For the average person, climate change is an abstract concept, an intangible truth, based on complex scientific data that is notoriously difficult to visualize.
Climate scientist Ed Hawkins is trying to change this. He's been developing unique ways to make climate change easier for the general public to imagine. And his newest project has got to be one of the most beautiful and powerful climate change visuals we've ever seen.
I mean, just look at it.
The arresting image removes all the scientific accessories, leaving only a color scale to represent an overall change of 1.35 degrees Celsius.
Starting with dark blue and ending in dark red, Hawkins creates a clear and terrifying translation of global warming using the UK's Met Office data from 1850 to 2017.
"I wanted to communicate temperature changes in a way that was simple and intuitive, removing all the distractions of standard climate graphics so that the long-term trends and variations in temperature are crystal clear," Hawkins told Earther.
"Our visual system will do the interpretation of the stripes without us even thinking about it."
This isn't the first time Hawkins has done something like this. Two years ago, a spiral graph of global temperatures that he made went viral, simultaneously mesmerizing people and scaring the living day lights out of them.
"I wanted to try and visualize the changes we have seen in different ways to learn about how we might improve our communication," he told Gizmodo.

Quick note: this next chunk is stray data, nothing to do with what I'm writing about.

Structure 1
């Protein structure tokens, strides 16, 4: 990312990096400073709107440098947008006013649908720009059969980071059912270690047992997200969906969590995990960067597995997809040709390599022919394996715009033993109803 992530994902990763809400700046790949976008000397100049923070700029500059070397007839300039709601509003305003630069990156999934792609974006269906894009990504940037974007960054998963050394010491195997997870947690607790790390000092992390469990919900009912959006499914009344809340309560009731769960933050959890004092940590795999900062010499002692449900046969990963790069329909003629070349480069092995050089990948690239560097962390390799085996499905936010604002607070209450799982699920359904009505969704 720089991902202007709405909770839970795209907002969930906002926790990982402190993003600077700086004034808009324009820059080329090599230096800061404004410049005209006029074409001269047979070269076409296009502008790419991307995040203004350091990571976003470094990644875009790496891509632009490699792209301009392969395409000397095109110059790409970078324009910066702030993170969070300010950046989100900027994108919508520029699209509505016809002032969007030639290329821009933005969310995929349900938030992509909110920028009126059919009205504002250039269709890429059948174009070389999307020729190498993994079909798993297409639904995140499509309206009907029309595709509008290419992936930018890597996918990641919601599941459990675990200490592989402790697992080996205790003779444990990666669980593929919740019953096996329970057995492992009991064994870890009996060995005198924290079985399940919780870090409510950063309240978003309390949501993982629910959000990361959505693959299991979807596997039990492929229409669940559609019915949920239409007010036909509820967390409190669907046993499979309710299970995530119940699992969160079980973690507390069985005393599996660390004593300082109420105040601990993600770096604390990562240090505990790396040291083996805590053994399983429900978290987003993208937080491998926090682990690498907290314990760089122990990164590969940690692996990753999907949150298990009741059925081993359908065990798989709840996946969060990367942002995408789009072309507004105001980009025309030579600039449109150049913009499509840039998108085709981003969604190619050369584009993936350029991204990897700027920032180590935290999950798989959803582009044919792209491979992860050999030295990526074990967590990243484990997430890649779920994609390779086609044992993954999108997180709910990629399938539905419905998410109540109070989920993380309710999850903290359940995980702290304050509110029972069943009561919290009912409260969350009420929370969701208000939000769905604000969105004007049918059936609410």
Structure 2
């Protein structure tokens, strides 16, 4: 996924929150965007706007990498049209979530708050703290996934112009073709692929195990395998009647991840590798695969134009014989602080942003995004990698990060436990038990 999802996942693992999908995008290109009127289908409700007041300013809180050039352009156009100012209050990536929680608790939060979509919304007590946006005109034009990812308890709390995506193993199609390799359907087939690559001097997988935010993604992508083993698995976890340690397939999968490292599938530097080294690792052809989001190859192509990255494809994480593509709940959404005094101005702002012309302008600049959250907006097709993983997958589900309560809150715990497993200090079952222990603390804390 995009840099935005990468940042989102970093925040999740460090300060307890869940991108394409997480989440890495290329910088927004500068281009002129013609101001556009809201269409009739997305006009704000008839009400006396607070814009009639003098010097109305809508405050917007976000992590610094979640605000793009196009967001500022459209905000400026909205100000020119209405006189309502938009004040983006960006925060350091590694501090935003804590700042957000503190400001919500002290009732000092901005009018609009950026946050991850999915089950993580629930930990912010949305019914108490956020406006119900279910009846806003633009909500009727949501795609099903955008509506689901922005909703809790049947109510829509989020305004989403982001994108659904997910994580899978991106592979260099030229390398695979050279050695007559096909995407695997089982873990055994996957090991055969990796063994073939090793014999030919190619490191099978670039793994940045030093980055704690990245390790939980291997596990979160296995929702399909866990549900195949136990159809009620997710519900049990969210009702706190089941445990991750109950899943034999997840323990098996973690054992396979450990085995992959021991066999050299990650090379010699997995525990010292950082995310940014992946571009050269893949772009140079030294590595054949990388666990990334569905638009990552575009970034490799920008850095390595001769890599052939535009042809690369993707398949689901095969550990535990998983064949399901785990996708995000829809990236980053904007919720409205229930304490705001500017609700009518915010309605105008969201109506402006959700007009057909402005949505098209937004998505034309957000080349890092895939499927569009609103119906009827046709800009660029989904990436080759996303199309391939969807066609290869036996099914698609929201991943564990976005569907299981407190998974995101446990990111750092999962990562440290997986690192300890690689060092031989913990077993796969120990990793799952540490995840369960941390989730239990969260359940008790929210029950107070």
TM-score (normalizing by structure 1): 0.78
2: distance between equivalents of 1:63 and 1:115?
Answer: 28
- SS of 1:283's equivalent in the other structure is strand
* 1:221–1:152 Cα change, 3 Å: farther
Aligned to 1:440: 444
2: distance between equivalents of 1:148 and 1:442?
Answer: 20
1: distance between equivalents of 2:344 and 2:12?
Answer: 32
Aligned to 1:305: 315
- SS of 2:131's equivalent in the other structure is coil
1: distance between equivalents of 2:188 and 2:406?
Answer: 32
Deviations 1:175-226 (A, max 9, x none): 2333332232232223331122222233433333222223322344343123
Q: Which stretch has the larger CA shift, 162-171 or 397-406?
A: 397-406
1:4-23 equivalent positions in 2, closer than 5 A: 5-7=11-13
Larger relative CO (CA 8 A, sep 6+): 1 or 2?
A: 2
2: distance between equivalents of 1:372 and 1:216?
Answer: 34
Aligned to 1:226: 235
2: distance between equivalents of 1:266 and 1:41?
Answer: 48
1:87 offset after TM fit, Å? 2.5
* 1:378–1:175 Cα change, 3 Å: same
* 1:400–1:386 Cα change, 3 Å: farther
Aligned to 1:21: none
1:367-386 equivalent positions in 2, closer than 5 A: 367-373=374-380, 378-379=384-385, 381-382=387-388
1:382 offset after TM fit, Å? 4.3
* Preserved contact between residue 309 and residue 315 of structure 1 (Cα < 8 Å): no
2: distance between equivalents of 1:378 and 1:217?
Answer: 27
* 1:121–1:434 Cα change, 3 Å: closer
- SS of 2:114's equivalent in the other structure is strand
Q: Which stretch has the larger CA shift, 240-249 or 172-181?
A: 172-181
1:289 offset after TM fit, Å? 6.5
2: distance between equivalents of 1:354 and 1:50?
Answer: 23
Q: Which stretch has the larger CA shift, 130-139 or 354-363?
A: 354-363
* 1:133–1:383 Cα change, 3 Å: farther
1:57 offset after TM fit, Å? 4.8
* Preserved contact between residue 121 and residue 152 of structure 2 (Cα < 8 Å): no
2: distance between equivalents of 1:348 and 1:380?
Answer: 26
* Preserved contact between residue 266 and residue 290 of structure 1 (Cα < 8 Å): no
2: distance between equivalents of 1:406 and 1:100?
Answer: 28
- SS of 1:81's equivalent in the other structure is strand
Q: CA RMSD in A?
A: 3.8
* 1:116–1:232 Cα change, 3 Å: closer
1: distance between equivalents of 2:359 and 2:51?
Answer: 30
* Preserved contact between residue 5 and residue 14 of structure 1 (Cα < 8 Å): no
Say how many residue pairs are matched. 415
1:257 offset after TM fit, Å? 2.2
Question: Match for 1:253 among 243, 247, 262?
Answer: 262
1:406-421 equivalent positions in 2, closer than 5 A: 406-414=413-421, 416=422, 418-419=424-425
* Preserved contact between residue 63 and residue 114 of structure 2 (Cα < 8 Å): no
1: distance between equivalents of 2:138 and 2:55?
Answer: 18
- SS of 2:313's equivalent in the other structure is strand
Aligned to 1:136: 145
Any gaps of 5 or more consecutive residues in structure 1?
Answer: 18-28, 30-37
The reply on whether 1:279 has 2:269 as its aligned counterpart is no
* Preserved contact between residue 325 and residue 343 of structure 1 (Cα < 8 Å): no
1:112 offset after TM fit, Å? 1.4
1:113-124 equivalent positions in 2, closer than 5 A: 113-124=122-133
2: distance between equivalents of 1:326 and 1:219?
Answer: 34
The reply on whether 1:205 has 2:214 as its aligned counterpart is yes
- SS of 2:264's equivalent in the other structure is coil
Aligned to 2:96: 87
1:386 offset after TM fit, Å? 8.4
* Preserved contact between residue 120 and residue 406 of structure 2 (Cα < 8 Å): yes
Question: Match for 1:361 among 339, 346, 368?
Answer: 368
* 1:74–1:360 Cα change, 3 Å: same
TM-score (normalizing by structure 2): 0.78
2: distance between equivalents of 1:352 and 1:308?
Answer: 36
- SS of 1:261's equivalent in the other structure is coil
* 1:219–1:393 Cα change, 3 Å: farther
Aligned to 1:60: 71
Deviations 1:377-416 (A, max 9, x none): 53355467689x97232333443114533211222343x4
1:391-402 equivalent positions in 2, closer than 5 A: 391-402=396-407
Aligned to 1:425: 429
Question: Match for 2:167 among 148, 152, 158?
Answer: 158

"The spiral appeared to present the information in an appealing and straightforward way. The pace of change is immediately obvious, especially over the past few decades. The relationship between current global temperatures and the internationally discussed target limits are also clear without much complex interpretation needed."
You don't say.
Now, Hawkins is creating similar color scale visuals for a variety of locations around the world. So far, he has annual temperatures in Toronto, in the contiguous USA and in central England. He says more are coming soon.
Annual temperatures in Toronto since 1841 pic.twitter.com/LWyyADKMhs— Ed Hawkins (@ed_hawkins) May 22, 2018
Annual temperatures for the contiguous USA since 1895 pic.twitter.com/KXJ6JVBl0o— Ed Hawkins (@ed_hawkins) May 22, 2018
Annual temperatures in central England since 1772 pic.twitter.com/gl7Sa7p6fY— Ed Hawkins (@ed_hawkins) May 22, 2018
It's pretty darn obvious where we are headed.
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